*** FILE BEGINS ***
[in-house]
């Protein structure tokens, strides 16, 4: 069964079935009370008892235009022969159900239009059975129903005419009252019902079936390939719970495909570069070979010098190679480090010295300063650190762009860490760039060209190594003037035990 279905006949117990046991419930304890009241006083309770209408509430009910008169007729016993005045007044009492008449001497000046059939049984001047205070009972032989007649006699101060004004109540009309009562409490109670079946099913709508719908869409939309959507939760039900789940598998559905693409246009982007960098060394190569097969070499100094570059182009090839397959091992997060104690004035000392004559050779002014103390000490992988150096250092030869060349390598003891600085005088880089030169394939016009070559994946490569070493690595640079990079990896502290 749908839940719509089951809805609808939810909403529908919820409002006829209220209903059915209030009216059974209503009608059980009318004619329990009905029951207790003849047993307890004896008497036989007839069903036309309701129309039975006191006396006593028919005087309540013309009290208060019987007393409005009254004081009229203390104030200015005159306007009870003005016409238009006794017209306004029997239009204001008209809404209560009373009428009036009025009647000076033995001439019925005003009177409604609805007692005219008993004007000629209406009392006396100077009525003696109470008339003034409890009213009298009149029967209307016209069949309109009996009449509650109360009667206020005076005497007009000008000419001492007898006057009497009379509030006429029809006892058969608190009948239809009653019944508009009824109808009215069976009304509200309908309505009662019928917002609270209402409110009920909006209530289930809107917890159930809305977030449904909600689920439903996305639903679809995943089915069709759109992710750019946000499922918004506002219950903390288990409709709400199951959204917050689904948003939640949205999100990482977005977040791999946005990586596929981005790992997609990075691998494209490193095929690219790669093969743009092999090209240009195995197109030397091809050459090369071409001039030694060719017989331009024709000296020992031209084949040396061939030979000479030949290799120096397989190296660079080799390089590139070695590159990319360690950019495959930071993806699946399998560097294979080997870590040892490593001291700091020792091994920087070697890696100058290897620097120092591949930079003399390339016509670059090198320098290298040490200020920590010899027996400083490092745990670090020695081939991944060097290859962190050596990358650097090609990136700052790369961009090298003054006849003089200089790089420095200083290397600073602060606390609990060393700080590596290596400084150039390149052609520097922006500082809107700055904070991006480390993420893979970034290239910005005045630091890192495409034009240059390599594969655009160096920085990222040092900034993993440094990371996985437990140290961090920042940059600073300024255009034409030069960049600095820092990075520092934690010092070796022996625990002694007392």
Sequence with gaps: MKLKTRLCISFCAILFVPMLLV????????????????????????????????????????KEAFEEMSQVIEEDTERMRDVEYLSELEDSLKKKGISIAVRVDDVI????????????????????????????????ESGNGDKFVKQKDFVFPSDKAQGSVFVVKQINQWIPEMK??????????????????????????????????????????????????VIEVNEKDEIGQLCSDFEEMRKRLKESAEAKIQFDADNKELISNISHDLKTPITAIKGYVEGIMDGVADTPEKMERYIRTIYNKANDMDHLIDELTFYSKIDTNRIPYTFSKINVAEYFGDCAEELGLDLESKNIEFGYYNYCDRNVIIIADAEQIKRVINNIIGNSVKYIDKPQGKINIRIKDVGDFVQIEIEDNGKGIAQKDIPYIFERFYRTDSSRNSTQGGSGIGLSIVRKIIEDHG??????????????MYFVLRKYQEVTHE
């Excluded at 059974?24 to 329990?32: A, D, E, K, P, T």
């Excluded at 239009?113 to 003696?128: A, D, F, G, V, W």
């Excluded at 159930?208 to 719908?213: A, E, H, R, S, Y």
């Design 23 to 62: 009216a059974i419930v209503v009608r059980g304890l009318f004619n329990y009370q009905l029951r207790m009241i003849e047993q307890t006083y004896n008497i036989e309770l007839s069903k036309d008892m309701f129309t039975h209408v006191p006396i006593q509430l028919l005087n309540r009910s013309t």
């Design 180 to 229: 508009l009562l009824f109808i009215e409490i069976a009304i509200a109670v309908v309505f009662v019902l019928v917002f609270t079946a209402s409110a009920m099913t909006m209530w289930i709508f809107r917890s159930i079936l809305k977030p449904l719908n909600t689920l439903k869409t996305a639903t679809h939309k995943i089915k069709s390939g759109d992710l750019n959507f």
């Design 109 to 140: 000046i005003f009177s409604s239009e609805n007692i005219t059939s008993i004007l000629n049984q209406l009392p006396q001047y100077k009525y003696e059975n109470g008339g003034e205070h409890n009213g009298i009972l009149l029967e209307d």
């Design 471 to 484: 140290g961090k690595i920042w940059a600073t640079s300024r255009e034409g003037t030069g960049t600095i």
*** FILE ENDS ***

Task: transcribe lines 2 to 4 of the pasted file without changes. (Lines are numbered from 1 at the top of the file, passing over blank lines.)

């Protein structure tokens, strides 16, 4: 069964079935009370008892235009022969159900239009059975129903005419009252019902079936390939719970495909570069070979010098190679480090010295300063650190762009860490760039060209190594003037035990 279905006949117990046991419930304890009241006083309770209408509430009910008169007729016993005045007044009492008449001497000046059939049984001047205070009972032989007649006699101060004004109540009309009562409490109670079946099913709508719908869409939309959507939760039900789940598998559905693409246009982007960098060394190569097969070499100094570059182009090839397959091992997060104690004035000392004559050779002014103390000490992988150096250092030869060349390598003891600085005088880089030169394939016009070559994946490569070493690595640079990079990896502290 749908839940719509089951809805609808939810909403529908919820409002006829209220209903059915209030009216059974209503009608059980009318004619329990009905029951207790003849047993307890004896008497036989007839069903036309309701129309039975006191006396006593028919005087309540013309009290208060019987007393409005009254004081009229203390104030200015005159306007009870003005016409238009006794017209306004029997239009204001008209809404209560009373009428009036009025009647000076033995001439019925005003009177409604609805007692005219008993004007000629209406009392006396100077009525003696109470008339003034409890009213009298009149029967209307016209069949309109009996009449509650109360009667206020005076005497007009000008000419001492007898006057009497009379509030006429029809006892058969608190009948239809009653019944508009009824109808009215069976009304509200309908309505009662019928917002609270209402409110009920909006209530289930809107917890159930809305977030449904909600689920439903996305639903679809995943089915069709759109992710750019946000499922918004506002219950903390288990409709709400199951959204917050689904948003939640949205999100990482977005977040791999946005990586596929981005790992997609990075691998494209490193095929690219790669093969743009092999090209240009195995197109030397091809050459090369071409001039030694060719017989331009024709000296020992031209084949040396061939030979000479030949290799120096397989190296660079080799390089590139070695590159990319360690950019495959930071993806699946399998560097294979080997870590040892490593001291700091020792091994920087070697890696100058290897620097120092591949930079003399390339016509670059090198320098290298040490200020920590010899027996400083490092745990670090020695081939991944060097290859962190050596990358650097090609990136700052790369961009090298003054006849003089200089790089420095200083290397600073602060606390609990060393700080590596290596400084150039390149052609520097922006500082809107700055904070991006480390993420893979970034290239910005005045630091890192495409034009240059390599594969655009160096920085990222040092900034993993440094990371996985437990140290961090920042940059600073300024255009034409030069960049600095820092990075520092934690010092070796022996625990002694007392």
Sequence with gaps: MKLKTRLCISFCAILFVPMLLV????????????????????????????????????????KEAFEEMSQVIEEDTERMRDVEYLSELEDSLKKKGISIAVRVDDVI????????????????????????????????ESGNGDKFVKQKDFVFPSDKAQGSVFVVKQINQWIPEMK??????????????????????????????????????????????????VIEVNEKDEIGQLCSDFEEMRKRLKESAEAKIQFDADNKELISNISHDLKTPITAIKGYVEGIMDGVADTPEKMERYIRTIYNKANDMDHLIDELTFYSKIDTNRIPYTFSKINVAEYFGDCAEELGLDLESKNIEFGYYNYCDRNVIIIADAEQIKRVINNIIGNSVKYIDKPQGKINIRIKDVGDFVQIEIEDNGKGIAQKDIPYIFERFYRTDSSRNSTQGGSGIGLSIVRKIIEDHG??????????????MYFVLRKYQEVTHE
């Excluded at 059974?24 to 329990?32: A, D, E, K, P, T």